This reflective journal covers approximately the third 50 hours of my internship with NIWC Atlantic. As I had access to all the systems I needed, I was able to start more involved work. More specifically, I started brainstorming implementations for my previous ideas. We will be using them in the future to improve our security reporting process. I drew on my previous internship experience with Synack, where I worked to present monthly data analysis to the leadership team, to accomplish this.

I was also given the opportunity to attend a Technical Exchange Meeting (TEM) between many of the network teams working for the Navy. This allowed me to view both the project management and technical application sides of the public sector at the same time. On one hand, leaders must consider the resources they have available and the reality of acceptable risk in any given situation. On the other, they must be focused on improving the overall security posture of Naval Afloat networks and systems as much as possible. As a result, many of the solutions I believed would work in a private environment were no longer feasible in the public environment.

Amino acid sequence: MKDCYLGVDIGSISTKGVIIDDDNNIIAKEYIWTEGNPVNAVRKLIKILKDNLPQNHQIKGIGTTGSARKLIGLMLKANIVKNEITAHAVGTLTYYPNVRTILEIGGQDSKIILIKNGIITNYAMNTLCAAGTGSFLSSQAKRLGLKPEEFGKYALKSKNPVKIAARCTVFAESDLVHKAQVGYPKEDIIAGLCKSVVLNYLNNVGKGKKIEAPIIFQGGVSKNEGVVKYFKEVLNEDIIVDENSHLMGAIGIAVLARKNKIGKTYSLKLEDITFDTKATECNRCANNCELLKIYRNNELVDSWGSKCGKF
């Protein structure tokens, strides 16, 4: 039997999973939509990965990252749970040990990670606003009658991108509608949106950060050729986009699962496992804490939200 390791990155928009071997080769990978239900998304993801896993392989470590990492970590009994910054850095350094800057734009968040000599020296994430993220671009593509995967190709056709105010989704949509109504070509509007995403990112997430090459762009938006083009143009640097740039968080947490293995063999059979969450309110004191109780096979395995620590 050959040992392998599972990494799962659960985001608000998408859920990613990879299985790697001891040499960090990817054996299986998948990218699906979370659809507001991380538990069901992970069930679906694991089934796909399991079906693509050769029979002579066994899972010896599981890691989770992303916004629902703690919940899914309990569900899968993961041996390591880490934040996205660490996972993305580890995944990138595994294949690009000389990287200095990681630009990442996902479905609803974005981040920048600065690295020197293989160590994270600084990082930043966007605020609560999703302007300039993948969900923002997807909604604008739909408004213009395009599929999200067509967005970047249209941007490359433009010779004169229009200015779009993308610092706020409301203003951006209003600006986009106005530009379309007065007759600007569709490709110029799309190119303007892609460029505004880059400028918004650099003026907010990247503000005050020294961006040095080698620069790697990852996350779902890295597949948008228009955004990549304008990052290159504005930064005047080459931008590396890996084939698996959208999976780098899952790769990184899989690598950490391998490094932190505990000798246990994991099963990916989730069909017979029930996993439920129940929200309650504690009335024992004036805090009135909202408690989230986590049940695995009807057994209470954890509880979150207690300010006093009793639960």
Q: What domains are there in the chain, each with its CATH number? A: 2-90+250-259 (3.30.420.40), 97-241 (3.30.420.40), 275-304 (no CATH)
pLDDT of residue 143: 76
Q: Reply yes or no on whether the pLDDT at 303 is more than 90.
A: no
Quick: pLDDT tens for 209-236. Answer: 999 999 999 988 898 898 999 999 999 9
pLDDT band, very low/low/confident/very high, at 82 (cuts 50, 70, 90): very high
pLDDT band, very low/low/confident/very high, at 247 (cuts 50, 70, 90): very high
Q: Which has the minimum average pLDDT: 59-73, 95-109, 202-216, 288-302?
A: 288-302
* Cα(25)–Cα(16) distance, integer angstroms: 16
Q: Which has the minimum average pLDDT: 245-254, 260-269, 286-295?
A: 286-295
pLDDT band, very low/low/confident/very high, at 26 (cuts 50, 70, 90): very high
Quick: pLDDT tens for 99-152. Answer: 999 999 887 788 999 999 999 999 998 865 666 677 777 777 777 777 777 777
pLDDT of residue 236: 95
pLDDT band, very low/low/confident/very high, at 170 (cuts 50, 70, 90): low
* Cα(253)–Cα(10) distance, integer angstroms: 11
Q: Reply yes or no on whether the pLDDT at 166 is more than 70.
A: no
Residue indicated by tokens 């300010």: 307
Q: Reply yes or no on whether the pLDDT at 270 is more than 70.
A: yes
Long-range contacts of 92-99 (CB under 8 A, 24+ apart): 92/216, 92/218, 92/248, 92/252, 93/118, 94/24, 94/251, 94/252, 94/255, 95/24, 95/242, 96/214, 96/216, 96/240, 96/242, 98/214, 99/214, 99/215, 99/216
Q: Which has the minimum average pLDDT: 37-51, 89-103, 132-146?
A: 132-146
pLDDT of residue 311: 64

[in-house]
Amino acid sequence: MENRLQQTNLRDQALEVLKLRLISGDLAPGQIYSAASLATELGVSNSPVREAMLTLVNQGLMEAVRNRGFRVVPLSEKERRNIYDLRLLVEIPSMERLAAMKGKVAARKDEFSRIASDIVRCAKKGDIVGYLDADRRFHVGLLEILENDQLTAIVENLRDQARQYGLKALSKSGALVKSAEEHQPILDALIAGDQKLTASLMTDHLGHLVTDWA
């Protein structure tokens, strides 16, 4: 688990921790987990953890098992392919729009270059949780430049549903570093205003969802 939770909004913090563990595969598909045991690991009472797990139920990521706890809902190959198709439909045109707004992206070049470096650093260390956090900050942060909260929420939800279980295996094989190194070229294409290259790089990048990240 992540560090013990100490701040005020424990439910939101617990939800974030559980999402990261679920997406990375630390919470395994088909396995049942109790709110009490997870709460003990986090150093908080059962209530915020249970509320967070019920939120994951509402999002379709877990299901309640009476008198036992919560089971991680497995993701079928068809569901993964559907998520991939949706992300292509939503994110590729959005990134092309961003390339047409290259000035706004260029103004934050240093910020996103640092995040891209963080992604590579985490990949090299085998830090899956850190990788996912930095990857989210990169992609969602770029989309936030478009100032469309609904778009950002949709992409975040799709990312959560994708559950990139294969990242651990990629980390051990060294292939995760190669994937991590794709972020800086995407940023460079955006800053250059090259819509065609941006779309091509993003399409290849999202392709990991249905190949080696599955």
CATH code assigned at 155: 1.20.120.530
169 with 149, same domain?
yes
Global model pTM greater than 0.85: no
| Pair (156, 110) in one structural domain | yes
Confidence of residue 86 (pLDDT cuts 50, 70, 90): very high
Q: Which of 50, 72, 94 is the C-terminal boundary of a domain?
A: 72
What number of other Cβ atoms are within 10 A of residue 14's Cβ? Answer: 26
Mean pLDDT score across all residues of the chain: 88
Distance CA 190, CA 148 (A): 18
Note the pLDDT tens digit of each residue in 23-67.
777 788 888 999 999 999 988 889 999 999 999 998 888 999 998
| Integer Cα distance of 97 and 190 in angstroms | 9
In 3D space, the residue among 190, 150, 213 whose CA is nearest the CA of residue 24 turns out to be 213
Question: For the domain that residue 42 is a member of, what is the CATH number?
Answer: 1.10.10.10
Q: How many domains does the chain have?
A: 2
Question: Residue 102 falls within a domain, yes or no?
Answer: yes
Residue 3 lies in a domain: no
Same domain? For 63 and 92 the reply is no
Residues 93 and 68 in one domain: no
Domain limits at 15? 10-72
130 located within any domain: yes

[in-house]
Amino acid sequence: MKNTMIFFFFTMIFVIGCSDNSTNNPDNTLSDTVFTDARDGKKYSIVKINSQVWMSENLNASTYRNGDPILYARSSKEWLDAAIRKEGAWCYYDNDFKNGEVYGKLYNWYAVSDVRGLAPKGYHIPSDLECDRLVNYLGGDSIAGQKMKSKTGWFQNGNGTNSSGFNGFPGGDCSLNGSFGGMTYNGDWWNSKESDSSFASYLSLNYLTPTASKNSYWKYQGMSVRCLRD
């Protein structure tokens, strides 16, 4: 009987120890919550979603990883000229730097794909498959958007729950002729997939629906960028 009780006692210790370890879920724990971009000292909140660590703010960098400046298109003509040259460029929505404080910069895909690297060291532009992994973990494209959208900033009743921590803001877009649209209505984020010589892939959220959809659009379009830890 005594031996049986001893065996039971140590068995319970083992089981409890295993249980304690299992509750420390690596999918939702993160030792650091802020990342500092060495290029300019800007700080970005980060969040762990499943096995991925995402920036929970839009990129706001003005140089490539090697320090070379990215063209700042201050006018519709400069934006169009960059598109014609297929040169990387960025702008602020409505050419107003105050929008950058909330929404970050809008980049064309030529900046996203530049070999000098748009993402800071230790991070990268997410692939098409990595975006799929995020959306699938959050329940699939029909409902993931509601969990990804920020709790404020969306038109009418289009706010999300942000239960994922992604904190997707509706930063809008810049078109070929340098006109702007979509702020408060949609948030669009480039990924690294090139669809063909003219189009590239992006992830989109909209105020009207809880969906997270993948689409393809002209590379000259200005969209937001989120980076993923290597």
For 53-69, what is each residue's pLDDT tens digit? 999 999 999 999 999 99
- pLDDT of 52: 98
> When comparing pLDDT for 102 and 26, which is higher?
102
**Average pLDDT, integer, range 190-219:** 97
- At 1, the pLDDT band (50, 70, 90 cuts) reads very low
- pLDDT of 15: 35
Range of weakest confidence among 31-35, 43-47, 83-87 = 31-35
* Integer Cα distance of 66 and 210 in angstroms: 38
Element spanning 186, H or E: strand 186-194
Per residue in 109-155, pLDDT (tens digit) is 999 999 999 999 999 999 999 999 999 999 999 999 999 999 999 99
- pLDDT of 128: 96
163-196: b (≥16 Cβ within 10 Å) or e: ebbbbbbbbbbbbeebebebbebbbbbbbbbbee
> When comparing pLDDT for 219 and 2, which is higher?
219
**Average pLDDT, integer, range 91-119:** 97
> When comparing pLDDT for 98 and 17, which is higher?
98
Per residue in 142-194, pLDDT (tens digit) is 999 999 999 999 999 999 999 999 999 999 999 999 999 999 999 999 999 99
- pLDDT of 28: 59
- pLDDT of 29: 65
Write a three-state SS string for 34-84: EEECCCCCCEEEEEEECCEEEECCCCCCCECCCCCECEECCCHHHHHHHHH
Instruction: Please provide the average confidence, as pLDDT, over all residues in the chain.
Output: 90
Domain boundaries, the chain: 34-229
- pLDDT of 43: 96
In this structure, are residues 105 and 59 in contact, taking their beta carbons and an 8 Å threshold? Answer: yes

Additionally, I observed the interactions of teams with various stakes in Naval security. Some were more concerned with the operability of the systems we have now while others focused on updating to new technologies and the issues it could bring. All those present collaborated to find solutions that would work best for improving overall security.

Going forward, I will be visiting some of the other locations serviced by NIWC Atlantic in the Hampton Roads area, observing a network installation, and participating in a Systems Operability Test (SOT) on Naval Afloat systems. Overall, I am very satisfied with my experience thus far and look forward to learning more about the functions of networks in the public sector.